Canada's 1960s

Canada's 1960s : The Ironies of Identity in a Rebellious Era

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Rebellious youth, the Cold War, New Left radicalism, Pierre Trudeau, Red Power, Quebec's call for Revolution, Marshall McLuhan: these are just some of the major forces and figures that come to mind at the slightest mention of the 1960s in Canada. Focusing on the major movements and personalities of the time, as well as the lasting influence of the period, Canada's 1960s examines the legacy of this rebellious decade's impact on contemporary notions of Canadian identity. Bryan D. Palmer demonstrates how after massive postwar immigration, new political movements, and at times violent protest, Canada could no longer be viewed in the old ways. National identity, long rooted in notions of Canada as a white settler Dominion of the North, marked profoundly by its origins as part of the British Empire, had become unsettled. Concerned with how Canadians entered the Sixties relatively secure in their national identities, Palmer explores the forces that contributed to the post-1970 uncertainty about what it is to be Canadian.
Tracing the significance of dissent and upheaval among youth, trade unionists, university students, Native peoples, and Quebecois, Palmer shows how the Sixties ended the entrenched, nineteenth-century notions of Canada. The irony of this rebellious era, however, was that while it promised so much in the way of change, it failed to provide a new understanding of Canadian national identity. A compelling and highly accessible work of interpretive history, Canada's 1960s is the book of the decade about an era many regard as the most turbulent and significant since the years of the Great Depression and World War II.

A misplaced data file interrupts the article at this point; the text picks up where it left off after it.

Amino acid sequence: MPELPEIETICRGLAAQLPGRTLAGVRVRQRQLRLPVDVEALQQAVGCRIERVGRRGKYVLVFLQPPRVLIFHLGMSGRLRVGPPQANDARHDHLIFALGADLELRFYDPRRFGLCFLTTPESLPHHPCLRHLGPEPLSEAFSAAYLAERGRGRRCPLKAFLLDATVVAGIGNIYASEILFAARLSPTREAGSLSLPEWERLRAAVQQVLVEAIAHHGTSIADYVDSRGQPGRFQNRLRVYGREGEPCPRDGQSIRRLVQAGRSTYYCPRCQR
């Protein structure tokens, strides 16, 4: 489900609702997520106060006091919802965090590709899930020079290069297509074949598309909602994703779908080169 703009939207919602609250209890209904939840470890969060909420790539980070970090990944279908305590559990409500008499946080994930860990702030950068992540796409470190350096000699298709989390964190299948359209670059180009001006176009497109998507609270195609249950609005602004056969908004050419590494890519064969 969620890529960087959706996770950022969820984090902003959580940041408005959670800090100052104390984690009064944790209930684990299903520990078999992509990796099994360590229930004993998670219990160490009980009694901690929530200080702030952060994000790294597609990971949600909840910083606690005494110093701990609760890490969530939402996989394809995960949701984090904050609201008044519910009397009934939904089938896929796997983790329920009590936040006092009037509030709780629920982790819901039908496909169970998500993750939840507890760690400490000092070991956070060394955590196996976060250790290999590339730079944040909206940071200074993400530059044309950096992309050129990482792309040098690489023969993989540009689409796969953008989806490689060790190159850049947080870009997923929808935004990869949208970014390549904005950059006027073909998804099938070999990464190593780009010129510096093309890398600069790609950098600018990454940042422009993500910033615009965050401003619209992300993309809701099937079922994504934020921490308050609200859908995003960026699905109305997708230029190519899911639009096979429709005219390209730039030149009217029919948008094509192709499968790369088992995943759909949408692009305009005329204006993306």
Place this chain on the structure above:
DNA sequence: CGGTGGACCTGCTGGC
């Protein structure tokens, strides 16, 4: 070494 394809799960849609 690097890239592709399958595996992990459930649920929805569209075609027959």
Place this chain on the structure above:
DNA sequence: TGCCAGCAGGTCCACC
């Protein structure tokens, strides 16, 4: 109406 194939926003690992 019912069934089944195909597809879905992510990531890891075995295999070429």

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Product details

  • Paperback | 480 pages
  • 152 x 229 x 39mm | 1,040g
  • Toronto, Canada
  • English
  • 080209659X
  • 9780802096593
  • 2,585,522

Back cover copy

'Canada's 1960s is a tour de force. Through a variety of fascinating case studies, the author has painted a broad panorama of a single decade with unifying themes and provocative conclusions. The writing is very spirited, polished, and accessible. Bryan D. Palmer has produced the comprehensive account of Canada's 1960s that will not be surpassed anytime soon.'-Alvin Finkel, Department of History, Athabasca University
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Review quote

'The book is a prestigious example of scholarship, wonderfully documented...I could not put it down...most highly recommended for students, faculty, and the general interest reader.' -- Patrice LeClerc, Journal of Socialist Studies, vol 6:01:10 'Palmer provides a fascinating analysis of a key but little examined decade... It is both provocative and insightful...And it most certainly will prompt much new research on a period that fundamentally re-shaped Canadian identity and lives.' -- Catherine Gidney, History of Intellectual Culture, vol8:01:08-09 If Palmer's exhaustive research and clever analysis provide the body of Canada's 1960 in this book, his style provides the soul. Rare is the academic book in which the cadences and staging of the narrative are as much a part of the argument as is the case with this study. -- P.E Bryden, American Historical Review, October 2010
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About Bryan D. Palmer

Bryan D. Palmer is a professor and Canada Research Chair in the Department of Canadian Studies at Trent University.
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Rating details

11 ratings
3.81 out of 5 stars
5 18% (2)
4 45% (5)
3 36% (4)
2 0% (0)
1 0% (0)
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